Leah conducted a review to: ‘identify the best ways of supporting people with dementia to eat.’ (p. 33) and 22 studies were included in the review. Interventions were classified as educational, environmental, assistance with eating or mixed. Outcomes were very wide including time spent eating, knowledge of nurses about eating in dementia, behaviours, weight, body mass index, eating difficulty, Mini Nutritional Assessment, eating difficulty, fluid intake, and energy intake. Leah concluded that there was only moderate evidence for environmental changes and that studies in this area showed bias through lack of randomisation. There was strong evidence for behavioural interventions (spaced retrieval and Montessori methods). Regarding educational and environmental studies, Leah concluded: 'educational studies focused the intervention on different populations, while the environmental changes were varied too, ranging from pre-meal music to back massage.’ (p. 38).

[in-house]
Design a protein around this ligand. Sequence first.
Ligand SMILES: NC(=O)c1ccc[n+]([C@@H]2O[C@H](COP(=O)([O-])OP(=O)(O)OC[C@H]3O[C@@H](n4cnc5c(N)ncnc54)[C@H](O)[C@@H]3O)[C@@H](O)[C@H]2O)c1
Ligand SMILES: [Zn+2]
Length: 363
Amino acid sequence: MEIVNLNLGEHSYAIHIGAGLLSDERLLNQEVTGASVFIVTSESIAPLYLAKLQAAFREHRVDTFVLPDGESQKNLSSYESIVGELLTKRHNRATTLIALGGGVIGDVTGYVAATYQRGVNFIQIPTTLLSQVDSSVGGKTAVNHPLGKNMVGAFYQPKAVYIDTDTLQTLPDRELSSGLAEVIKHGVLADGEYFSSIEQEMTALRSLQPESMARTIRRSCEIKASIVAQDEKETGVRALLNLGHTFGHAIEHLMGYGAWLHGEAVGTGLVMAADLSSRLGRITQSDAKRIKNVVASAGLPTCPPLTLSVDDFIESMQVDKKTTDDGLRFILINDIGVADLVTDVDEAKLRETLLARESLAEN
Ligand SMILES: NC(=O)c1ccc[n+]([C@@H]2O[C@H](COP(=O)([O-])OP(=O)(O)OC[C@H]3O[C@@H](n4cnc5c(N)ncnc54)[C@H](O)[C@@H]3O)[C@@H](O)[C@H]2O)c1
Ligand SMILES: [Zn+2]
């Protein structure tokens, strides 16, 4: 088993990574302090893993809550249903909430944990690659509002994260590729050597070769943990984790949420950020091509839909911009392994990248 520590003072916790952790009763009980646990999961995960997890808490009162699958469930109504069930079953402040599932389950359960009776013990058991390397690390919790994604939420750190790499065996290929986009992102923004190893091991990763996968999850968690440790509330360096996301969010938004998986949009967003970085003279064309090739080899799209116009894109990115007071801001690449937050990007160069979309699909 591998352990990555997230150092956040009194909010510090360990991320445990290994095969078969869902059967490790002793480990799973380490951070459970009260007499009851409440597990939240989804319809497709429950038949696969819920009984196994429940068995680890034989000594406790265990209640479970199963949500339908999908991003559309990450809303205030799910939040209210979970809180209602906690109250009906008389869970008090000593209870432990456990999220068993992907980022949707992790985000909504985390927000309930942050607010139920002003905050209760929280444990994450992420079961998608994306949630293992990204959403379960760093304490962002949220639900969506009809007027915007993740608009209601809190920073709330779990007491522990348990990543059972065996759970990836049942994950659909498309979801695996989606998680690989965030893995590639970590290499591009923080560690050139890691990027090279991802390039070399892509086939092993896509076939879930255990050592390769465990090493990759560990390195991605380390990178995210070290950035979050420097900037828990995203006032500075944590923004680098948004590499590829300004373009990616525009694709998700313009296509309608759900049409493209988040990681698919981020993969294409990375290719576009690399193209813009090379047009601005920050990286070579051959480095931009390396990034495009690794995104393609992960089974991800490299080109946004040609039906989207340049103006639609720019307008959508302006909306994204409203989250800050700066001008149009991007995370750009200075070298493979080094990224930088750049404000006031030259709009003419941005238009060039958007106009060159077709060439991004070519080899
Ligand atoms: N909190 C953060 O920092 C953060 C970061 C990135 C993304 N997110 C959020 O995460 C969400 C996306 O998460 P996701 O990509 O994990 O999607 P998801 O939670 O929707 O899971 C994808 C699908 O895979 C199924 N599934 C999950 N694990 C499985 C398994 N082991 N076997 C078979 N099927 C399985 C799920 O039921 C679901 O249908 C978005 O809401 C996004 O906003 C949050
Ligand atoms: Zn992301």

Two reviews by Liu et al were carried out two years apart and, essentially, investigated the same phenomena. The time spans were different, but the research questions were almost identical and there was overlap between the keywords. The interventions included in the articles retrieved were: educational; mealtime/feeding assistance; environment modification; multi-component/mixed interventions; nutritional supplements. In Liu et al (2014) the outcomes were broad and included: ‘…behavioral and functional outcomes (e.g., eating time, feeding difficulties, eating ability, frequency and time of self-feeding, physical or verbal assistance/prompts, level of dependence, agitation, cognitive and behavioral function and behavioral disturbance), nutritional outcomes (e.g., food intake, body weight, BMI, nutritional status, body composition, biochemical parameters), and other adverse outcomes (e.g., occurrence of fractures, pressure ulcers and hospitalization). Caregiver outcomes included knowledge, attitude and behaviors in nursing assistants, staffing time and caregiver’s burden.’ (p. 18). In Liu et al (2015) the outcomes were limited to: ‘Self-feeding or eating performance (e.g., eating independence, eating frequency, eating task participation and assistance, self-feeding ability, feeding difficulty).’ (Supplementary Table 3) and the following were excluded: ‘enteral or parenteral nutrition; the participants were recruited from hospitals, communities, in-home-living or clinic settings; the intervention components were nutritional supplementation, nutritional education or music; the outcomes were nutritional intake, anthropometric and biochemical parameters, behavioural disturbances or other adverse events.’ (p. 233) In both reviews) the evidence for effectiveness was generally moderate but behavioural interventions (described by Liu et al as training programmes) were rated as strong with nutritional supplementation and mealtime assistance rated as moderate. Problems leading to bias such as lack of blinding and randomisation were evident in the studies retrieved in both reviews.